Oh, and if you’ve reared back to heave that rock in my direction…
Let he who is without guilt cast the first stone…
 John 8:7
Hi Bill, nice post, Isaac’s Storm is a good analogy here.
🙂 thanks, Judith:
a little more on the background. According to Larson, Isaac Cline wrote an article published in the Galveston News in 1891 that argued hurricanes as a rule could not strike Texas…and when and if they did, they’d be weak. To quote Larson: [Cline’s] “article exudes the unmistable scent of boosterism reminiscent of the immigrant come-ons published by the railroads.” Larson goes on to point out that Cline only incidentally mentioned the 1875 and 1886 hurricanes which struck Indianola, 150 miles southwest of Galveston…and unlike Galveston buffered by barrier islands. The first storm killed 20% of the town’s population. The second so devastated the town that its residents abandoned it forever.
Excellent post. I was struck by the apparent analogy of warmists vs skeptics to what happened in Italy. The lesson I take from this is that when scientists venture away from science into the policy realm, they may get their hands slapped (in this case, in irons). We scientists (and science itself) would likely be better off if we spoke more cautiously, and did not confuse our deep scientific knowledge with breadth of vision.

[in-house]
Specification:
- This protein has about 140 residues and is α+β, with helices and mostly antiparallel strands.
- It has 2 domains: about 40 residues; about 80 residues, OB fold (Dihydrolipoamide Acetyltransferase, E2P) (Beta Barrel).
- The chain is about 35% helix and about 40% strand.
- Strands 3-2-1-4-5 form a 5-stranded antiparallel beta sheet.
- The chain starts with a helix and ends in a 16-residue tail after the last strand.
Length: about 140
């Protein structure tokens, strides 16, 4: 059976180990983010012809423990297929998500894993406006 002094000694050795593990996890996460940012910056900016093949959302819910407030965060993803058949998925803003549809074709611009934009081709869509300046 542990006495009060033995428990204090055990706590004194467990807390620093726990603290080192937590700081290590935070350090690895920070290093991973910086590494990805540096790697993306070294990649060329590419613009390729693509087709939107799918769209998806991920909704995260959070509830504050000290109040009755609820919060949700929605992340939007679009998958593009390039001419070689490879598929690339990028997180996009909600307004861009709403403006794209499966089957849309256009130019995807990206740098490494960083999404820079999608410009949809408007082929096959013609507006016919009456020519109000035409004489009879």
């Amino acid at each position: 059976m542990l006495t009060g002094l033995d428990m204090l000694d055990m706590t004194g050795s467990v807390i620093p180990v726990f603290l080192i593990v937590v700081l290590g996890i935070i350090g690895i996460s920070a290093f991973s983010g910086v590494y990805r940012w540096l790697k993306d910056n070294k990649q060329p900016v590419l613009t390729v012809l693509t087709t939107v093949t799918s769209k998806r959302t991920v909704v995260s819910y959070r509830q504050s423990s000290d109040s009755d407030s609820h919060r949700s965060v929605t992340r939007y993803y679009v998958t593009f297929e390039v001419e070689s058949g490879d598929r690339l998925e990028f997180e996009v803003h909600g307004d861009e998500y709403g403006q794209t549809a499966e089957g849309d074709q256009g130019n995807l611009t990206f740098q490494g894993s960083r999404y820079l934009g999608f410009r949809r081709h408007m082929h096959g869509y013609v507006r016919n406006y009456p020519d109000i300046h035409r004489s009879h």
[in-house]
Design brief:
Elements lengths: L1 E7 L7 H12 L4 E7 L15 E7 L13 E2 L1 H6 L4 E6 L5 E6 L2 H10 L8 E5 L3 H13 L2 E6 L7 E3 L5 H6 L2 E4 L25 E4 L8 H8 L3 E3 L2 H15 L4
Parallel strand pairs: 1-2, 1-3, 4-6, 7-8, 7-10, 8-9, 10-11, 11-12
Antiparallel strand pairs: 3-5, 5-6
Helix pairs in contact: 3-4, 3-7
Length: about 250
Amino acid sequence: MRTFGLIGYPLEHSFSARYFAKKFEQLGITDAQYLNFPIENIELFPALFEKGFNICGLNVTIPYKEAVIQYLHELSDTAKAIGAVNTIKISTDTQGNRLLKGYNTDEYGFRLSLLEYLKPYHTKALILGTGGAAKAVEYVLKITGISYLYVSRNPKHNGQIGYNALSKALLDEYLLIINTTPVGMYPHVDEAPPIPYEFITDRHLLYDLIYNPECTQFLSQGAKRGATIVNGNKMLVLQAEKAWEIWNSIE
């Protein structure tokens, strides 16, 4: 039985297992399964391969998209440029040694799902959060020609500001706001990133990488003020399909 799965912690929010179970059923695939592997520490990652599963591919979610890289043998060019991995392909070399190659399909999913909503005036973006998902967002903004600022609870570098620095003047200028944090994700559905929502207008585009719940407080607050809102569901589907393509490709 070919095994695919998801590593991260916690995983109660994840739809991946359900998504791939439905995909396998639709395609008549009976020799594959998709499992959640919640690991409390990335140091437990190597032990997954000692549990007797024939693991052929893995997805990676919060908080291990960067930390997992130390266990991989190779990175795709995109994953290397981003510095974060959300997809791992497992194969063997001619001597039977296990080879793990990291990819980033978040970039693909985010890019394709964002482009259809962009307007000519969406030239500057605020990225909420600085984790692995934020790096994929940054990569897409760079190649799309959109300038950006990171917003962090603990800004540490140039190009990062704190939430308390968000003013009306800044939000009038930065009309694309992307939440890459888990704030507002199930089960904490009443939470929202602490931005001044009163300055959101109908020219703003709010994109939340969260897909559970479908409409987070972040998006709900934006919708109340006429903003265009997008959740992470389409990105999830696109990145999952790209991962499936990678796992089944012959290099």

thanks, John. Good analogy.
Bill, the issue in Italy might be: did the scientists and advisers involved properly convey the uncertainties and risk as to the possibility of a severe earthquake; or did they, for whatever reason, underplay the risks and foster a false sense of security, leading to people who might otherwise have fled/gone outside to remain in their homes? If the former can be demonstrated beyond doubt, then there are no grounds for conviction, the case would have a chilling effect on scientific advice on risk. If the latter is the case, then it is a cautionary tale for scientists and forecasters to properly assess and convey risk. Many would argue (cf Judith Curry) that in the AGW case, the risks and uncertainties associated with many projected scenarios, and the weight to give to them relative to other policy concerns, have not been properly assessed and communicated.
As in every field of life, in scientific assessments which bear on public policy, honesty, integrity and openness are essential but are not always demonstrated.